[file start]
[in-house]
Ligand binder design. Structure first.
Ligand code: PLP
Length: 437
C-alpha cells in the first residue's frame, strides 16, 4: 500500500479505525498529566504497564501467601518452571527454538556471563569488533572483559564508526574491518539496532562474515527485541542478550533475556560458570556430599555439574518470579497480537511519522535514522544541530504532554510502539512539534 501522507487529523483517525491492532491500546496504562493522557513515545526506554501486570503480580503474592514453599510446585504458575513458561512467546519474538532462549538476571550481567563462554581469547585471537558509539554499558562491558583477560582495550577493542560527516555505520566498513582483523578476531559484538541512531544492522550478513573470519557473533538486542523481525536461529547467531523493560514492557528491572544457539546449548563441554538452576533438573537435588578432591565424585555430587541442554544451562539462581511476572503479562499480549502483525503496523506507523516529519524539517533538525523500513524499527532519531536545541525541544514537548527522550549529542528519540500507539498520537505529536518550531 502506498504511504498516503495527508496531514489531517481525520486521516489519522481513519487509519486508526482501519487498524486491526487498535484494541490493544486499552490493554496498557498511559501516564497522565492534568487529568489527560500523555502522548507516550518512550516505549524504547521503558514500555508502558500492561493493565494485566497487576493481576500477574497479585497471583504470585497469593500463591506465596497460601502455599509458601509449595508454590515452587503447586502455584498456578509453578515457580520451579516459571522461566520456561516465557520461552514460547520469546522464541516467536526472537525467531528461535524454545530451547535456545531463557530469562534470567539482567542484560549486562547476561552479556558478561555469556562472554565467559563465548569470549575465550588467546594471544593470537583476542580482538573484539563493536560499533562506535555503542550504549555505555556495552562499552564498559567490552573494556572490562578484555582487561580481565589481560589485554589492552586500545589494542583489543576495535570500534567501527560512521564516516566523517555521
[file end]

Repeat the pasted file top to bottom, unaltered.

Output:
[in-house]
Ligand binder design. Structure first.
Ligand code: PLP
Length: 437
C-alpha cells in the first residue's frame, strides 16, 4: 500500500479505525498529566504497564501467601518452571527454538556471563569488533572483559564508526574491518539496532562474515527485541542478550533475556560458570556430599555439574518470579497480537511519522535514522544541530504532554510502539512539534 501522507487529523483517525491492532491500546496504562493522557513515545526506554501486570503480580503474592514453599510446585504458575513458561512467546519474538532462549538476571550481567563462554581469547585471537558509539554499558562491558583477560582495550577493542560527516555505520566498513582483523578476531559484538541512531544492522550478513573470519557473533538486542523481525536461529547467531523493560514492557528491572544457539546449548563441554538452576533438573537435588578432591565424585555430587541442554544451562539462581511476572503479562499480549502483525503496523506507523516529519524539517533538525523500513524499527532519531536545541525541544514537548527522550549529542528519540500507539498520537505529536518550531 502506498504511504498516503495527508496531514489531517481525520486521516489519522481513519487509519486508526482501519487498524486491526487498535484494541490493544486499552490493554496498557498511559501516564497522565492534568487529568489527560500523555502522548507516550518512550516505549524504547521503558514500555508502558500492561493493565494485566497487576493481576500477574497479585497471583504470585497469593500463591506465596497460601502455599509458601509449595508454590515452587503447586502455584498456578509453578515457580520451579516459571522461566520456561516465557520461552514460547520469546522464541516467536526472537525467531528461535524454545530451547535456545531463557530469562534470567539482567542484560549486562547476561552479556558478561555469556562472554565467559563465548569470549575465550588467546594471544593470537583476542580482538573484539563493536560499533562506535555503542550504549555505555556495552562499552564498559567490552573494556572490562578484555582487561580481565589481560589485554589492552586500545589494542583489543576495535570500534567501527560512521564516516566523517555521